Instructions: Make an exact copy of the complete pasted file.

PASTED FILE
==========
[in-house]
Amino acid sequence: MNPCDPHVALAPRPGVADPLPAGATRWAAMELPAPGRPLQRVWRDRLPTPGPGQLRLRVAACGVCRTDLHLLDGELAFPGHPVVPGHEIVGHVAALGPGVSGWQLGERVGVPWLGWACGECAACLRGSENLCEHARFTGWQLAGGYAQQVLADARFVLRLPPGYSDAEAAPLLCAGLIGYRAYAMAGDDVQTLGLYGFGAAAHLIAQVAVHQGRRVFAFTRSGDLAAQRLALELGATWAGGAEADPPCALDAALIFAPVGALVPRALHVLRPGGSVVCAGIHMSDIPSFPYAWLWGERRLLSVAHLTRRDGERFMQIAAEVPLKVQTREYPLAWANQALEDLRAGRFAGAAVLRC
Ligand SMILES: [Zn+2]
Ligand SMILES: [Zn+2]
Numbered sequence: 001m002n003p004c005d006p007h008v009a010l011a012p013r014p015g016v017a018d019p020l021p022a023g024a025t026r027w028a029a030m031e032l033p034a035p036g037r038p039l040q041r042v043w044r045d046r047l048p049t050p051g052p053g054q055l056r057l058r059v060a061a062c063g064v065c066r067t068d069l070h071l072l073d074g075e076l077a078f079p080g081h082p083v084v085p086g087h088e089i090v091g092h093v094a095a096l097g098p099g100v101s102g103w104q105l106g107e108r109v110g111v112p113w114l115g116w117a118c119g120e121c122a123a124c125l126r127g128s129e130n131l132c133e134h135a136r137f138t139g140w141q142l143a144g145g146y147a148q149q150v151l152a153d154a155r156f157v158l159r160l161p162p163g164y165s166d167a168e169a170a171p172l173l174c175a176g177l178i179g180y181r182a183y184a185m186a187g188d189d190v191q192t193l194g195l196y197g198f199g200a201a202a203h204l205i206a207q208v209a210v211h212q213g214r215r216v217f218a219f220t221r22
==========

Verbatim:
[in-house]
Amino acid sequence: MNPCDPHVALAPRPGVADPLPAGATRWAAMELPAPGRPLQRVWRDRLPTPGPGQLRLRVAACGVCRTDLHLLDGELAFPGHPVVPGHEIVGHVAALGPGVSGWQLGERVGVPWLGWACGECAACLRGSENLCEHARFTGWQLAGGYAQQVLADARFVLRLPPGYSDAEAAPLLCAGLIGYRAYAMAGDDVQTLGLYGFGAAAHLIAQVAVHQGRRVFAFTRSGDLAAQRLALELGATWAGGAEADPPCALDAALIFAPVGALVPRALHVLRPGGSVVCAGIHMSDIPSFPYAWLWGERRLLSVAHLTRRDGERFMQIAAEVPLKVQTREYPLAWANQALEDLRAGRFAGAAVLRC
Ligand SMILES: [Zn+2]
Ligand SMILES: [Zn+2]
Numbered sequence: 001m002n003p004c005d006p007h008v009a010l011a012p013r014p015g016v017a018d019p020l021p022a023g024a025t026r027w028a029a030m031e032l033p034a035p036g037r038p039l040q041r042v043w044r045d046r047l048p049t050p051g052p053g054q055l056r057l058r059v060a061a062c063g064v065c066r067t068d069l070h071l072l073d074g075e076l077a078f079p080g081h082p083v084v085p086g087h088e089i090v091g092h093v094a095a096l097g098p099g100v101s102g103w104q105l106g107e108r109v110g111v112p113w114l115g116w117a118c119g120e121c122a123a124c125l126r127g128s129e130n131l132c133e134h135a136r137f138t139g140w141q142l143a144g145g146y147a148q149q150v151l152a153d154a155r156f157v158l159r160l161p162p163g164y165s166d167a168e169a170a171p172l173l174c175a176g177l178i179g180y181r182a183y184a185m186a187g188d189d190v191q192t193l194g195l196y197g198f199g200a201a202a203h204l205i206a207q208v209a210v211h212q213g214r215r216v217f218a219f220t221r22